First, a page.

Using Abstract Contracts for Verifying Evolving Features and Their Interactions (bibtex)
author="Kn{\"u}ppel, Alexander
and Kr{\"u}ger, Stefan
and Th{\"u}m, Thomas
and Bubel, Richard
and Krieter, Sebastian
and Bodden, Eric
and Schaefer, Ina",
editor="Ahrendt, Wolfgang
and Beckert, Bernhard
and Bubel, Richard
and H{\"a}hnle, Reiner
and Ulbrich, Mattias",
title="Using Abstract Contracts for Verifying Evolving Features and Their Interactions",
bookTitle="Deductive Software Verification: Future Perspectives: Reflections on the Occasion of 20 Years of KeY",
publisher="Springer International Publishing",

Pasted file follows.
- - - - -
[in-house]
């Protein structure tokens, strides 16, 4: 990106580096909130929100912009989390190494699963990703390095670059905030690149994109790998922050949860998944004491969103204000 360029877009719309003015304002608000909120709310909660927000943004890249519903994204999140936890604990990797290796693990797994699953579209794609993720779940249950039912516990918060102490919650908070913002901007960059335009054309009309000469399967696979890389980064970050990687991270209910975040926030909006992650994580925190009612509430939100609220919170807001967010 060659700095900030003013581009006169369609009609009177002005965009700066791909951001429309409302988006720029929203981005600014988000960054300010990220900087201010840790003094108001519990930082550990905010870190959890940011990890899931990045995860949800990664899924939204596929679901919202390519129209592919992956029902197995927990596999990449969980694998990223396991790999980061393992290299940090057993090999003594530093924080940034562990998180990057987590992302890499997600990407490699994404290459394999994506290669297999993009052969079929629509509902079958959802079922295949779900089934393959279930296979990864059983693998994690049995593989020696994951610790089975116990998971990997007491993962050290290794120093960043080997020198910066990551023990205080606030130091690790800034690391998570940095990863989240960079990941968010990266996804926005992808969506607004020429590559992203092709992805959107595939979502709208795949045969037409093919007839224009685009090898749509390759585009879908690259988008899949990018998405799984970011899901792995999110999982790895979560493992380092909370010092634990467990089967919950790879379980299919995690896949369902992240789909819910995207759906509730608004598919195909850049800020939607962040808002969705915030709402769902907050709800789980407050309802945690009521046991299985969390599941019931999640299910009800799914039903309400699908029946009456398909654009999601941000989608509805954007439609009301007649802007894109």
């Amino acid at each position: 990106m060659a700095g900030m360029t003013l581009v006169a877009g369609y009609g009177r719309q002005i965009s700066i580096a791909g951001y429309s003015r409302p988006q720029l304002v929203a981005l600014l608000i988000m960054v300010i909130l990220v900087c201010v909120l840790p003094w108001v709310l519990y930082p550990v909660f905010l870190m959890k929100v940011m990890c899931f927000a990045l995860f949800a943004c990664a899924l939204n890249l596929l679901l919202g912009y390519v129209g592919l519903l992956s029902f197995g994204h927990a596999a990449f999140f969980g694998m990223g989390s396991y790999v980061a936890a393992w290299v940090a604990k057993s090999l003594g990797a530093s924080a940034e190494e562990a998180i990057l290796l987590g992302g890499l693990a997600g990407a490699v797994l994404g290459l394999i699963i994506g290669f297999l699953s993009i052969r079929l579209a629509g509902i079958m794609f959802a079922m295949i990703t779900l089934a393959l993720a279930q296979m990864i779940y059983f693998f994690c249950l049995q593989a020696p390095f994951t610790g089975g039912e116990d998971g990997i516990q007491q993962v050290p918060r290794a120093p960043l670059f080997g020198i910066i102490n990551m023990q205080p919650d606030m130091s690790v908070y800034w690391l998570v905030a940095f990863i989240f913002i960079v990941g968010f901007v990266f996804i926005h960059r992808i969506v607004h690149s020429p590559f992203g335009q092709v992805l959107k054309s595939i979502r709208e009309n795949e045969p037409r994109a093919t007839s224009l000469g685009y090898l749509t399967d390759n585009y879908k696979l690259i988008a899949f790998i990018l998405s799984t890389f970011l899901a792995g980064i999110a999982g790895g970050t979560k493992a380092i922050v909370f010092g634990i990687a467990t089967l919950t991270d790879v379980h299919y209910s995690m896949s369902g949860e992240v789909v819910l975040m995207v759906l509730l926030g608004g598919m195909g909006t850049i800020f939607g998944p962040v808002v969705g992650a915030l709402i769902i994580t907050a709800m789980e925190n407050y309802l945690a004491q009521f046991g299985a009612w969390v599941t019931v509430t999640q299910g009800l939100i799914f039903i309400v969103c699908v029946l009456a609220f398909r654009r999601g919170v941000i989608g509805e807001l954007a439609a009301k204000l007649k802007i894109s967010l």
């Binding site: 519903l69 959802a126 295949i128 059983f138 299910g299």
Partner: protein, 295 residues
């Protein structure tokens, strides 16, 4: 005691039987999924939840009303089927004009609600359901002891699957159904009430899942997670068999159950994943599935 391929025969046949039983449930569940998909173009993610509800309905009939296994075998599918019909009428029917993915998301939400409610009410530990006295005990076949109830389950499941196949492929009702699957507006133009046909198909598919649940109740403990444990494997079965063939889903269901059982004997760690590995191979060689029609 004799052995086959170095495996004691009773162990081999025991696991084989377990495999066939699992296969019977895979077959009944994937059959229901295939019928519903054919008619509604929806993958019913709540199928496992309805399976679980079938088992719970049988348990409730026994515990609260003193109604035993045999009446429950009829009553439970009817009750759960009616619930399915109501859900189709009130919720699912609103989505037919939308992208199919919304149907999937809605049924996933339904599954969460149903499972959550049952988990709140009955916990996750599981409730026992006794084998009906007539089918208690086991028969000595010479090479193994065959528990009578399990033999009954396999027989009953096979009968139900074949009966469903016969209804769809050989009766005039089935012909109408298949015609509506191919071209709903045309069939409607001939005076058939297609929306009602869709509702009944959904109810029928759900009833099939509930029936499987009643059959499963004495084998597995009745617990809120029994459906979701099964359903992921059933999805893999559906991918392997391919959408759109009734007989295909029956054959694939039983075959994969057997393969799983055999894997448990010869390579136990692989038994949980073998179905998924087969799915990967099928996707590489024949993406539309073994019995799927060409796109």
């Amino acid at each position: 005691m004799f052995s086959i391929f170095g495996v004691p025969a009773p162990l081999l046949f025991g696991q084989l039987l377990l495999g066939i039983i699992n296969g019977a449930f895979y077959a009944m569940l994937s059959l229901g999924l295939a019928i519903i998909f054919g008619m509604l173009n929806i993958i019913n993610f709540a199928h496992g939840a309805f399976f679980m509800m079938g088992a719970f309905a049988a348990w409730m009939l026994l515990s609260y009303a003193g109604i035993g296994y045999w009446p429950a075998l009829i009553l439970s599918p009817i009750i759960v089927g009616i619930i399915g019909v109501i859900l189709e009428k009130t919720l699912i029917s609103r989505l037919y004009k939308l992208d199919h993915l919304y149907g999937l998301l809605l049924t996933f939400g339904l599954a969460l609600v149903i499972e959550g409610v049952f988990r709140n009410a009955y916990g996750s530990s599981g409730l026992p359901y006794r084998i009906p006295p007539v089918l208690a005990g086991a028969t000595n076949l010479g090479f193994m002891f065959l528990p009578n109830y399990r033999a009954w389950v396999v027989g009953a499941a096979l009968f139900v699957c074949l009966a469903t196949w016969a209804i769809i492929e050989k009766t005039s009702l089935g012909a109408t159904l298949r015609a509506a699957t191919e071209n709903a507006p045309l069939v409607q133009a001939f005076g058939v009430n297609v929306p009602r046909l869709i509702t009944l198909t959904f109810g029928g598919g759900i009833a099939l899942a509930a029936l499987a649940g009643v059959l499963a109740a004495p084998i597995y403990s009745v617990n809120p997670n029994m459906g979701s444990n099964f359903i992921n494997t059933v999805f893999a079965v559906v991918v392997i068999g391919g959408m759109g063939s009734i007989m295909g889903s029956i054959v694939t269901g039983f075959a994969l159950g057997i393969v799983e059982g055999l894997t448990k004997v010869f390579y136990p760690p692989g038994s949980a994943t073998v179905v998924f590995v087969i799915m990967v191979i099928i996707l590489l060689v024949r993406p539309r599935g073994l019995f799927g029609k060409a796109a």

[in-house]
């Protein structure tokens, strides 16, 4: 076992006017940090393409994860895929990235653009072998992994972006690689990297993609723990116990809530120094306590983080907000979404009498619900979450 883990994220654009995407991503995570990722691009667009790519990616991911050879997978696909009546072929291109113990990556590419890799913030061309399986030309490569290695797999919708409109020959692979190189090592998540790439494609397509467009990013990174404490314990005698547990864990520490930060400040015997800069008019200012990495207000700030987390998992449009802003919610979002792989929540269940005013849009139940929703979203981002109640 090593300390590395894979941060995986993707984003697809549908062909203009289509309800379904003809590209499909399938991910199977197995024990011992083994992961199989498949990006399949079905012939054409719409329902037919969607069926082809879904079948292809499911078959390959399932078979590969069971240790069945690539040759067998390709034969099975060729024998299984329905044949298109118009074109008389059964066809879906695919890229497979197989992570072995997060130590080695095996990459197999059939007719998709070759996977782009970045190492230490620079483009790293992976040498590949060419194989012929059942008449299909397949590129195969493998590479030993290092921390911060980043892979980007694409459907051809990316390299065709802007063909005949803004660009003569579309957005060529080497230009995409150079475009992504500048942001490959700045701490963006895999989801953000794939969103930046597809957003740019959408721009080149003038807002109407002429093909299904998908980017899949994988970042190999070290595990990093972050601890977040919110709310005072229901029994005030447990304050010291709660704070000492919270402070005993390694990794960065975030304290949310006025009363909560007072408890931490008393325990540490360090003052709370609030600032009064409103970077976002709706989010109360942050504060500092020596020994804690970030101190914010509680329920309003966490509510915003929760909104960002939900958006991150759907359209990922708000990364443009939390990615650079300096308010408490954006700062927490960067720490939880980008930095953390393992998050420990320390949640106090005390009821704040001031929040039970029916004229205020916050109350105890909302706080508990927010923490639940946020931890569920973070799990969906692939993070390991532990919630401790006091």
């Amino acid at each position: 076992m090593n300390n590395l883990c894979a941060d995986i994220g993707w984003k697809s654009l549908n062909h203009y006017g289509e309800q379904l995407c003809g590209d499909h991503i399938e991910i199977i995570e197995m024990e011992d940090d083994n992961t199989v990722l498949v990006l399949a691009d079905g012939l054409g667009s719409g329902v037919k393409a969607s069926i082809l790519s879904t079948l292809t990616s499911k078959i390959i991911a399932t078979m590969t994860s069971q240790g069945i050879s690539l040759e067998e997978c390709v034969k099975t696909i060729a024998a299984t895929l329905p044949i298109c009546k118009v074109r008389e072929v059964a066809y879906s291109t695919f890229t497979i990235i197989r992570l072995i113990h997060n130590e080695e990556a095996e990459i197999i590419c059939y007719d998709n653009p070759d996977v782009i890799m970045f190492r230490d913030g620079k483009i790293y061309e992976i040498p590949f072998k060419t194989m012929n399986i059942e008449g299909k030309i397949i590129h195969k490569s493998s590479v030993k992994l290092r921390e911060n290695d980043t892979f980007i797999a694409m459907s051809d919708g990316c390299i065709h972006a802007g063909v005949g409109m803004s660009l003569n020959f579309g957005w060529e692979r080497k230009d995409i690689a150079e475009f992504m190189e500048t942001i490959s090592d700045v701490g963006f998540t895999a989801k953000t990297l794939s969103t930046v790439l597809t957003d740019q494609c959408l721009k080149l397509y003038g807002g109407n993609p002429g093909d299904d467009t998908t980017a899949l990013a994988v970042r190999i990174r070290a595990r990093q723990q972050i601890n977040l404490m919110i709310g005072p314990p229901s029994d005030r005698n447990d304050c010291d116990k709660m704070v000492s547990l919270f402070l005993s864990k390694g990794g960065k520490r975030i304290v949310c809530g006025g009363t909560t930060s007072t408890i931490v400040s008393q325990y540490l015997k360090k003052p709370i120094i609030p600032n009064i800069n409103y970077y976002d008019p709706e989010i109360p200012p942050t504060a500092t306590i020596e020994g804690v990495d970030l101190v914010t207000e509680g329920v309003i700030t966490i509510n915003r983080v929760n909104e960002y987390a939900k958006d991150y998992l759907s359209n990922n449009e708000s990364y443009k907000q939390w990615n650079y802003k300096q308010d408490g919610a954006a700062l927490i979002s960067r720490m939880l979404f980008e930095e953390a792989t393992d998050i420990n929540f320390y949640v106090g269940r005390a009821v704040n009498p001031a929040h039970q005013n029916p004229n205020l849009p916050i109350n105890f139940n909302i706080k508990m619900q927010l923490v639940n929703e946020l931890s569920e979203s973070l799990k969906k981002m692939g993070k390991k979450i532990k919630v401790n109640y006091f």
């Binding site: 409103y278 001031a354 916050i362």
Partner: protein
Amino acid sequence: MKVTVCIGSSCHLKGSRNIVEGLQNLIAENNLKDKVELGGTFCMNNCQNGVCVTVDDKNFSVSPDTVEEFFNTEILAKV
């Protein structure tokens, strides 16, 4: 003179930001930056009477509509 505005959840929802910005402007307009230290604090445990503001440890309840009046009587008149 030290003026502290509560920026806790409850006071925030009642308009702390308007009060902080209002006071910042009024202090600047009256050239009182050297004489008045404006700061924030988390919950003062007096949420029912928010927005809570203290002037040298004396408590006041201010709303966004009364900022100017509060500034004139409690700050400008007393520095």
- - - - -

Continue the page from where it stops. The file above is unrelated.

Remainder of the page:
abstract="Today, software systems are rarely developed monolithically, but may be composed of numerous individually developed features. Their modularization facilitates independent development and verification. While feature-based strategies to verify features in isolation have existed for years, they cannot address interactions between features. The problem with feature interactions is that they are typically unknown and may involve any subset of the features. Contrary, a family-based verification strategy captures feature interactions, but does not scale well when features evolve frequently. To the best of our knowledge, there currently exists no approach with focus on evolving features that combines both strategies and aims at eliminating their respective drawbacks. To fill this gap, we introduce Fefalution, a feature-family-based verification approach based on abstract contracts to verify evolving features and their interactions. Fefalution builds partial proofs for each evolving feature and then reuses the resulting partial proofs in verifying feature interactions, yielding a full verification of the complete software system. Moreover, to investigate whether a combination of both strategies is fruitful, we present the first empirical study for the verification of evolving features implemented by means of feature-oriented programming and by comparing Fefalution with another five family-based approaches varying in a set of optimizations. Our results indicate that partial proofs based on abstract contracts exhibit huge reuse potential, but also come with a substantial overhead for smaller evolution scenarios.",
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